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Cathay Industries USA, Inc. v. Bellah

United States District Court, N.D. Illinois, Eastern Division

January 23, 2018




         Plaintiff Cathay Industries USA, Inc.'s (“Cathay”) complaint, which is premised on diversity jurisdiction, alleges breach of contract due to Defendant William J. Bellah's failure to pay sums due under a promissory note. The parties have consented to the jurisdiction of the United States Magistrate Judge pursuant to 28 U.S.C. § 636(c).

         Cathay previously moved for summary judgment on Bellah's Third Affirmative Defense, and that motion was denied on September 28, 2017. Cathay now moves for summary judgment on Bellah's First and Second Affirmative Defenses. For the reasons that follow, Plaintiff's Motion for Partial Summary Judgment [Doc. No. 69] is granted.[1]


         The facts of the case were discussed in the earlier summary judgment motion and will not be repeated here unless necessary. See Cathay Indus. USA, Inc. v. Bellah, No. 16 C 2070, 2017 WL 4310623 (N.D. Ill. Sept. 28, 2017). Two particular contracts are relevant to the present motion. First is the $1.5 million promissory note known as the Compass Note, which is the subject of the present litigation. The Compass Note was executed on September 23, 2008 by Bellah in favor of Compass Chemical International, LLC. (LR 56.1(b)(3)(C) ¶¶ 4-5, 11.) The Compass Note was assigned to Cathay in 2012; assigned from Cathay to its parent Cathay Pigment Holdings (“Cathay Holdings”) in 2014; and finally assigned in 2016 from Cathay Holdings back to Cathay. (Id. ¶¶ 16-20.)

         The second relevant contract is the 2007 Consulting Agreement, which was entered into on January 1, 2007 by Cathay Holdings and Bellah, on behalf of Bel-Air Investments, Inc. (“Bel-Air”), a company owned by him. Pursuant to the 2007 Consulting Agreement, Bel-Air was to provide certain consulting services to Cathay Holdings, and Cathay Holdings would in turn pay monthly fees and yearly bonuses to Bel-Air. The yearly bonuses, in a lump sum amount equal to the total monthly payments during the year, were to be paid in the first quarter of the following year. The bonuses were paid as scheduled in the years 2008 through 2012. The parties also observed an “informal agreement” whereby half of the yearly bonus payments were to be credited to the amounts owed under the Compass Note. (Id. ¶¶ 6-10, 12.)

         At issue in the present motion is Defendant's second affirmative defense, which alleges that any obligation owed by Bellah on the Compass Note “is subject to a set-off for services rendered to Plaintiff by Defendant, ” (LR 56.1(a)(3) ¶ 15), namely $962, 000 allegedly owed to him under the 2007 Consulting Agreement.[3]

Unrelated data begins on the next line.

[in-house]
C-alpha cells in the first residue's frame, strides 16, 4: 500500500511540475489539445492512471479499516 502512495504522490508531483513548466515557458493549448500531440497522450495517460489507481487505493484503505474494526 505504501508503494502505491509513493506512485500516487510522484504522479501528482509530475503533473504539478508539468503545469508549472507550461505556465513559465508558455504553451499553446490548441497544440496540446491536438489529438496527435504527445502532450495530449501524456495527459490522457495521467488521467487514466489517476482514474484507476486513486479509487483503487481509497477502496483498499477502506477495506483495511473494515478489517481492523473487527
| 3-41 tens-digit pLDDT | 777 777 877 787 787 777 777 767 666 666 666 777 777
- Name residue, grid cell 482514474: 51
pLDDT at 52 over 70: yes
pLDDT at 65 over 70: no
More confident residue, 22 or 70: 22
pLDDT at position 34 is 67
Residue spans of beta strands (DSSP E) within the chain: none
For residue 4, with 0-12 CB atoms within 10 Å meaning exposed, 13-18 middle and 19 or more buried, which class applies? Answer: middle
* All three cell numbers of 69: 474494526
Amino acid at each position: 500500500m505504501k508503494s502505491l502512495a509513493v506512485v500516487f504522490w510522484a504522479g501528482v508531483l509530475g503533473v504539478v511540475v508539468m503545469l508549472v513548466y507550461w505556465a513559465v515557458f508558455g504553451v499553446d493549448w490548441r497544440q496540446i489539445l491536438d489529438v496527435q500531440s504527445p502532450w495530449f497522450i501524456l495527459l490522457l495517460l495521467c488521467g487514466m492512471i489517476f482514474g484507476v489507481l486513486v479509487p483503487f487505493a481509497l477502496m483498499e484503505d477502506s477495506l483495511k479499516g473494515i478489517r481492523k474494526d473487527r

Summary judgment is appropriate where “the pleadings, depositions, answers to interrogatories, and admissions on file, together with the affidavits, if any, show that there is no genuine issue as to any material fact and that the moving party is entitled to a judgment as a matter of law.” Fed.R.Civ.P. 56(c). The Court must draw all reasonable inferences in favor of the nonmovant. Bennington v. Caterpillar Inc., 275 F.3d 654, 658 (7th Cir. 2001).

         However, once the movant has carried its burden under Rule 56(c), “its opponent must do more than simply show that there is some metaphysical doubt as to the material facts.” Matsushita Elec. Indus. Co. v. Zenith Radio Corp., 475 U.S. 574, 586 (1986). The party opposing summary judgment must offer admissible evidence in support of his version of events, and hearsay evidence does not create a genuine issue of material fact. McKenzie v. Ill. Dep't of Transp., 92 F.3d 473, 484 (7th Cir. 1996); see Larimer v. Dayton Hudson Corp., 137 F.3d 497, 500 (7th Cir. 1998) (“‘If the non-moving party bears the burden of proof on an issue, . . . that party may not rest on the pleadings and must instead show that there is a genuine issue of material fact.'”) (citation omitted). “The mere existence of an alleged factual dispute is not sufficient to defeat a summary judgment motion. . . . The nonmovant will successfully oppose summary judgment only when it presents ‘definite, competent evidence to rebut the motion.'” Vukadinovich v. Bd. of Sch. Trs. of N. Newton Sch. Corp., 278 F.3d 693, 699 (7th Cir. 2002) (citations omitted); see also Hall v. Bodine Elec. Co., 276 F.3d 345, 354 (7th Cir. 2002) (“Conclusory allegations and self-serving affidavits, without support in the record, do not create a triable issue of fact.”).

         “In considering a motion for summary judgment, this court is not required to scour the record in search of evidence to defeat the motion; the nonmoving party must identify with reasonable particularity the evidence upon which the party relies.” Pleniceanu v. Brown Printing Co., No. 05 C 5675, 2007 WL 781726, at *7 (N.D. Ill. Mar. 12, 2007) (citing Johnson v. Cambridge Indus., Inc., 325 F.3d 892, 898 (7th Cir. 2003)); see Estate of Moreland v. Dieter, 395 F.3d 747, 759 (7th Cir. 2005). Finally, the Court is “‘not required to draw every conceivable inference from the record.”' McCoy v. Harrison, 341 F.3d 600, 604 (7th Cir. 2003) (citation omitted).

         II. ANALYSIS

         The Compass Note obligates Bellah to pay Cathay $1.5 million. According to Bellah, Cathay Holdings owes him over $900, 000 pursuant to an “informal agreement” that accompanied the 2007 Consulting Agreement, which was between Cathay Holdings and Bel-Air Investments. Bellah's affirmative defense claims that the money owed by Cathay Holdings should be set off from his obligations under the Compass Note. Plaintiff argues that summary judgment on the affirmative defense is warranted because (1) the debt ...

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